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Zuckerberg faces tougher questions at House hearing

13 April 2018
Zuckerberg faces tougher questions at House hearing

Facebook CEO Mark Zuckerberg said in his testimony this week in Washington that there was not a "meaningful" number of people who had deleted their Facebook account following revelations that data firms were able to steal personal information from millions of users.

Mr Zuckerberg paused for a full eight seconds, chuckled, grimaced, and ultimately demurred.

Mark Zuckerberg's admission he was among those caught up in the Cambridge Analytica scandal shows Facebook lost control of users' data, an Australian privacy expert says. Zuckerberg was visibly nervous, which is understandable, but he wasn't really pressed as expected by Congress considering Facebook's role in the 2016 election interference, even claiming ignorance about the platform that he created.

After allegations that British data firm Cambridge Analytica inappropriately harvested Facebook user data for targeted political advertising, the senatorial questioning focused on concerns about data privacy, control, and regulation, highlighting how the advertising business model disincentives privacy protection.

"There is absolutely no directive to put a bias into anything we do", Zuckerberg said in response to a question by Rep. Steve Scalise, R-Louisiana, about whether Facebook's algorithms have bias built in.

As for non-users, Rep. Kathy Castor, D-Florida, pointed out Wednesday that the company tracks them, too.

"We were encouraged by Facebook removing the posts after the hearing, but they need to be vigilant and program their AI (artificial intelligence technology) to prevent this from occurring in the future", said Thomas.

This kind of policy isn't unique to Facebook - many other companies, such as Netflix and Spotify, routinely mine data to market people's information.

The Facebook CEO has said before that his industry probably needs to be regulated. Furthermore, it should also be noted that Google collects far more information from users which can make Facebook seem like a child.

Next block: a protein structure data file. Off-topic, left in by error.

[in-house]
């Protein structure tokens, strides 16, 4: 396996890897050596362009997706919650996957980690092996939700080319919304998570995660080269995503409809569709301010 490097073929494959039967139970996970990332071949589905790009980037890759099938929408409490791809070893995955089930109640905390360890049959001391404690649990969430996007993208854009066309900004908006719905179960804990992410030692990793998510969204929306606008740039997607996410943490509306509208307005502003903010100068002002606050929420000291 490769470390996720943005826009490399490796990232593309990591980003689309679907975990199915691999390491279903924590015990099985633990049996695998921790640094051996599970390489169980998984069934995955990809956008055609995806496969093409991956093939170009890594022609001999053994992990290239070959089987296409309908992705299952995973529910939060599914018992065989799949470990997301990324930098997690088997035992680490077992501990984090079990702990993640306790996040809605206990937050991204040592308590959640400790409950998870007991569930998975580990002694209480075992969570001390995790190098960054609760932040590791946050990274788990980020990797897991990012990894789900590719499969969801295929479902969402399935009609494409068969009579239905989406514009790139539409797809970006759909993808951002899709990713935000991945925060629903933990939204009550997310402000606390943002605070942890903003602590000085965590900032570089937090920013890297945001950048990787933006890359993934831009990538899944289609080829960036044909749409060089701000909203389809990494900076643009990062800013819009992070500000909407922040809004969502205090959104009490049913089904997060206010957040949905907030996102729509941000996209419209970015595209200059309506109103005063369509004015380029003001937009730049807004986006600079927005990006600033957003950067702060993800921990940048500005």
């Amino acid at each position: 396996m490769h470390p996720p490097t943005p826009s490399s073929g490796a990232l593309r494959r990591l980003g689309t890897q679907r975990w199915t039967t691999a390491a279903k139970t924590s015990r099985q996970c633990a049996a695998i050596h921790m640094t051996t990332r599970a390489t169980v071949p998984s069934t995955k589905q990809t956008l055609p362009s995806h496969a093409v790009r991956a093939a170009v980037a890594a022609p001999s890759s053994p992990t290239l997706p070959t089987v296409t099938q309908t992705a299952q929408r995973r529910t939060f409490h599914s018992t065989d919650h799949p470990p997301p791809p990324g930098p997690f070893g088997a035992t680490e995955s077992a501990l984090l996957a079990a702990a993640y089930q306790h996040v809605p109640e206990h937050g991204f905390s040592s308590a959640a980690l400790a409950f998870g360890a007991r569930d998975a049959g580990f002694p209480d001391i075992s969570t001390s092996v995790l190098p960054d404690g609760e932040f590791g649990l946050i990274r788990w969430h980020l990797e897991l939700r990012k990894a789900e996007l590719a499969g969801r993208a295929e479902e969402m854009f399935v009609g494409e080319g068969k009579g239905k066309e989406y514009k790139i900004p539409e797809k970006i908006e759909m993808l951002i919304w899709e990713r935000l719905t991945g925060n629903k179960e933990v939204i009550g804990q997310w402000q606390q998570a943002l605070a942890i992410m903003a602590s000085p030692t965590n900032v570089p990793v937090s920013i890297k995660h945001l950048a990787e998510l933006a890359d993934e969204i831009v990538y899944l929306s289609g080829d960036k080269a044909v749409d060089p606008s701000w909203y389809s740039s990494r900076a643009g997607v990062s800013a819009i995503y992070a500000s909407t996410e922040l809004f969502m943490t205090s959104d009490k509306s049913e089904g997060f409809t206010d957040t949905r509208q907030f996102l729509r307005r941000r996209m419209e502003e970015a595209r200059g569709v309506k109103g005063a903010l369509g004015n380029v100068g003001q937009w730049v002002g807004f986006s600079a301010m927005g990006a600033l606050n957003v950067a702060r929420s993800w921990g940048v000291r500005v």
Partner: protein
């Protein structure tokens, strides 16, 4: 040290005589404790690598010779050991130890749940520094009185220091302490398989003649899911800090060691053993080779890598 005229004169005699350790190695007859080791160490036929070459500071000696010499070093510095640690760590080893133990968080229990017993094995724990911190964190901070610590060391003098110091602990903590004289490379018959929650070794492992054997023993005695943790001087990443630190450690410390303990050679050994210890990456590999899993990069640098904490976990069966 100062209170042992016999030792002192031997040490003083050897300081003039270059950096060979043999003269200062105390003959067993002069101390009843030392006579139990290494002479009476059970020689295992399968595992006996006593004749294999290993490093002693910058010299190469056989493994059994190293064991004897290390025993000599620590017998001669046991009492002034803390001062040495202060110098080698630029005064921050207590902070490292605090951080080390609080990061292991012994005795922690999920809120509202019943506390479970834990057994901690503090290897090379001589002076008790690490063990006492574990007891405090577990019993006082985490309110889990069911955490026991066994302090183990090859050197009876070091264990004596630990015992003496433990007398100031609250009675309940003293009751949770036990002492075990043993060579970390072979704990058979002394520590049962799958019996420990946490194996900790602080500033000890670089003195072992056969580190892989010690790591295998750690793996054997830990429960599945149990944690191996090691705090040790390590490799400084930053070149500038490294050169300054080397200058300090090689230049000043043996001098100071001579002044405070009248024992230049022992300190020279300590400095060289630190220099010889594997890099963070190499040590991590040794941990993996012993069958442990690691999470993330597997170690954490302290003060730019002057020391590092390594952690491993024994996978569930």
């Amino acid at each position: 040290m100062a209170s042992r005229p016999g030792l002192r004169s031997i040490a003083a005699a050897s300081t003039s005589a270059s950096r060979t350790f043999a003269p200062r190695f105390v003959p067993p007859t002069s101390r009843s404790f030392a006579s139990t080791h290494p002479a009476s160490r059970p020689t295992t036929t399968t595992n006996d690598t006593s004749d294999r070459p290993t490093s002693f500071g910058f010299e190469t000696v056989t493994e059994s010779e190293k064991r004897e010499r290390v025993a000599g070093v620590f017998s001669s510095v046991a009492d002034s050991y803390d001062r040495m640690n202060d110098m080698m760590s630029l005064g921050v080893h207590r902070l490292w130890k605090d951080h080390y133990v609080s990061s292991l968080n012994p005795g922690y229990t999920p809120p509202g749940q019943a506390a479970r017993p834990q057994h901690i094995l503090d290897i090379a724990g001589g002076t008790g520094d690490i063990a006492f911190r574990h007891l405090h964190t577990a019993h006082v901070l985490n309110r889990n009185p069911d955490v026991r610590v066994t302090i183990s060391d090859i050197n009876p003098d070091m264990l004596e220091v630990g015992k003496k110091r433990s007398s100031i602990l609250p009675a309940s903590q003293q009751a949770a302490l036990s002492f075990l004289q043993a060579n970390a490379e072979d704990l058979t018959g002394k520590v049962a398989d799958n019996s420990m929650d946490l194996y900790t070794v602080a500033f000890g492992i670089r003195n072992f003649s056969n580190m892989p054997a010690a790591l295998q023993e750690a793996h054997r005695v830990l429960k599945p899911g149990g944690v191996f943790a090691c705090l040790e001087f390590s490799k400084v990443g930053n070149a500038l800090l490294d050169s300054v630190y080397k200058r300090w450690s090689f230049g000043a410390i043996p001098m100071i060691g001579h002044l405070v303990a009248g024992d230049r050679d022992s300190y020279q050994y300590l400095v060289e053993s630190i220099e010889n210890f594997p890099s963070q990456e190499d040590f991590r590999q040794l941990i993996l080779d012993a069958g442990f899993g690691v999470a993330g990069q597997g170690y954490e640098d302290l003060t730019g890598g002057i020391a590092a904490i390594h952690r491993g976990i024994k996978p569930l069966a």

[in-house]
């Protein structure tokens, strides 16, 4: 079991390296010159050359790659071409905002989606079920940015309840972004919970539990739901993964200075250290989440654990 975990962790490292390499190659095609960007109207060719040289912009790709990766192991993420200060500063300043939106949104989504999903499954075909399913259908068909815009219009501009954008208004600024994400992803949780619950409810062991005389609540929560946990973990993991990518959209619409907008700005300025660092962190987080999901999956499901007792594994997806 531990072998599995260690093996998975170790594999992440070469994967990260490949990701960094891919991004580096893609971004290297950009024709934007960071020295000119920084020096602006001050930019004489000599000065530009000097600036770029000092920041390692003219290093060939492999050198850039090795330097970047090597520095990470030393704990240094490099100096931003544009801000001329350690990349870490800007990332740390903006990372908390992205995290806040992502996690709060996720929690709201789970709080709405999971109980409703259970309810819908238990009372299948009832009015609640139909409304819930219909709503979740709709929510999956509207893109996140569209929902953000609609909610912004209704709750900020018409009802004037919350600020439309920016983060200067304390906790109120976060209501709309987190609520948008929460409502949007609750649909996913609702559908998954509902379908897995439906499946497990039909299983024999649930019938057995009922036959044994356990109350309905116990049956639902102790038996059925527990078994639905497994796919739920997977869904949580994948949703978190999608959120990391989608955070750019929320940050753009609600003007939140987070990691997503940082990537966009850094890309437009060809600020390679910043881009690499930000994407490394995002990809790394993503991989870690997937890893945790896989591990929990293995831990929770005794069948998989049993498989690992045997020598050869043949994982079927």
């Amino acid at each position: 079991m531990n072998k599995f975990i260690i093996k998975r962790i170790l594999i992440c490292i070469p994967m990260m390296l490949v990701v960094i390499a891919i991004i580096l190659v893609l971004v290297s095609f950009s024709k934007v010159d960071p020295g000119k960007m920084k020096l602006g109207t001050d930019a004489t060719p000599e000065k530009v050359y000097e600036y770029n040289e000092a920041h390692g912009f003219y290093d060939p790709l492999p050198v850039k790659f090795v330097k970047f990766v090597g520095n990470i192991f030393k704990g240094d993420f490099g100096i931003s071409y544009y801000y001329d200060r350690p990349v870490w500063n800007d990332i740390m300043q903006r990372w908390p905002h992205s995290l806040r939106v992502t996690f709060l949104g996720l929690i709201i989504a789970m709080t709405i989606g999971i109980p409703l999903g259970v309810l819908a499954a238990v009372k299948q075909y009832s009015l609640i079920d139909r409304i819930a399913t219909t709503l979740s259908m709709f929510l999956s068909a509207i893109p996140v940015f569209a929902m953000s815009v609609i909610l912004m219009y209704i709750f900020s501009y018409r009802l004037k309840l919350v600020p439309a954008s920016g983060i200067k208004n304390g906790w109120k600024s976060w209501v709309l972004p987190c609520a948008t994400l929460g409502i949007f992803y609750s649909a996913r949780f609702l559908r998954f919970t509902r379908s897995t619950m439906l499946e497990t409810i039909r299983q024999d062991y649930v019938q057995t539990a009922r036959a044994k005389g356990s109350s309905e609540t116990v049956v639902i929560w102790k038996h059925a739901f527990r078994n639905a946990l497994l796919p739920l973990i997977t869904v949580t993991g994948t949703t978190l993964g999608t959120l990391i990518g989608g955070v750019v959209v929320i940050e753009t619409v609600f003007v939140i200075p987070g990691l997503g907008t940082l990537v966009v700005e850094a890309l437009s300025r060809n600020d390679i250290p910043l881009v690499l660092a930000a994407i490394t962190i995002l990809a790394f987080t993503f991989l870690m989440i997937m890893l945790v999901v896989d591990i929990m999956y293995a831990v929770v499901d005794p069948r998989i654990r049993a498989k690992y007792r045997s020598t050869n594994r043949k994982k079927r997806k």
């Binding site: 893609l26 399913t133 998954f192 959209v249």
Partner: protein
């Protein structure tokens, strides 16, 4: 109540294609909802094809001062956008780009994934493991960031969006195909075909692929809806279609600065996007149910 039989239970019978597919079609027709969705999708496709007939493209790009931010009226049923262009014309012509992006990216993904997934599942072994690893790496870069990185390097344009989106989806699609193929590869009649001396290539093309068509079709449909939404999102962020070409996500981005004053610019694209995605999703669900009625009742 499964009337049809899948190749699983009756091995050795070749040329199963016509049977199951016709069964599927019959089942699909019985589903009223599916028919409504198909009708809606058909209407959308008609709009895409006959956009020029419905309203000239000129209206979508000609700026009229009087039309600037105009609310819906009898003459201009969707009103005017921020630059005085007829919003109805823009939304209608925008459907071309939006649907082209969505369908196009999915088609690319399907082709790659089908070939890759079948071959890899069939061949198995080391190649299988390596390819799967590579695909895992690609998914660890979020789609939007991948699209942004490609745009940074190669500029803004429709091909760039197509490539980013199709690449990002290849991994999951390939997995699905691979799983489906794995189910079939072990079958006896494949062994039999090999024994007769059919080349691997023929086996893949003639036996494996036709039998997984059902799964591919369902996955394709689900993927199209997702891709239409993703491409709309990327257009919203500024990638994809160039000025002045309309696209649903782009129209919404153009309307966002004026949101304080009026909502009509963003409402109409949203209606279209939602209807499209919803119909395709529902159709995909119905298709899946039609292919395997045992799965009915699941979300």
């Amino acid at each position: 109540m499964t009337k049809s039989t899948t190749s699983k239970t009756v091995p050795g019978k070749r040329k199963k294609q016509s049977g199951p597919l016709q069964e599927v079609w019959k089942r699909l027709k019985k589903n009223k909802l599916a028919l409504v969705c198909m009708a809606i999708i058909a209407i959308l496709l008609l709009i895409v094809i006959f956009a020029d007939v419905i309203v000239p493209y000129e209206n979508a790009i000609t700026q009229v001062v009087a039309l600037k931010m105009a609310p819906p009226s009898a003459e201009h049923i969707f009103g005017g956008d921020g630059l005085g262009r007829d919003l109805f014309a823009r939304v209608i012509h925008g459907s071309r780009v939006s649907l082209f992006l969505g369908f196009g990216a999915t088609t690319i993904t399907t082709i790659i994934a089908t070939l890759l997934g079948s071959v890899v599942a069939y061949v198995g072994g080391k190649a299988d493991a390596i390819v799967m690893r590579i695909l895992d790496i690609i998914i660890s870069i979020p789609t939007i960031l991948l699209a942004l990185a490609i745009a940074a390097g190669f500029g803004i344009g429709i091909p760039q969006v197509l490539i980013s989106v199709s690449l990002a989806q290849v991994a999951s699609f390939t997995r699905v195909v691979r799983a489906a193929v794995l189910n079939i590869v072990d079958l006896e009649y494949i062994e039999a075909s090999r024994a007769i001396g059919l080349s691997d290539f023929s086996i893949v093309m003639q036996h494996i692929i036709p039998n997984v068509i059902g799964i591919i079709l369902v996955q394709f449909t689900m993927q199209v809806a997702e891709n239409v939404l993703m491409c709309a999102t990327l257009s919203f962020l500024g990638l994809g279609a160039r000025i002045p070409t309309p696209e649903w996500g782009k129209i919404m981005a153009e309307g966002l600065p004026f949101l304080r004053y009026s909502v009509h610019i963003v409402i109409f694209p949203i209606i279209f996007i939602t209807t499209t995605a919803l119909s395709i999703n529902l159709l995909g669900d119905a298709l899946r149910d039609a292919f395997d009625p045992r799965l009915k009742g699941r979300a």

The reaction of Facebook's chairman and CEO - a middle-grade air of panic, a brief awkward silence and nervous laughter - made it clear he doesn't dwell as thoughtfully on universal privacy issues as much as he wants us to think he does.

John Shimkus, a Republican from IL, asked Zuckerberg whether users are tracked when they are logged out of Facebook.

"So I'm going to have to pay you" not to share information with advertisers, the senator clarified. However, Google gets the thumbs up from users as their services manage to get informed consent, and the company's security measures are also robust, so people don't fear a data breach.

Zuckerberg replied "yes" when asked if his personal data was included in the information sold to the "malicious third parties" by the lawmakers during a testimony before the House Energy and Commerce Committee yesterday.

Facebook is implementing the GDPR standards for European users next month, and some of its rules will be extended to United States and other users later, he confirmed.

It's time to take measures into your own hands to make sure you see the news you want to see, when you want to see it. "That would be a paid product", Sandberg told NBC. "You know there are people in Russian Federation whose job is to exploit our systems... so this is an arms race", he said. "In retrospect it was clearly a mistake to believe them", he said.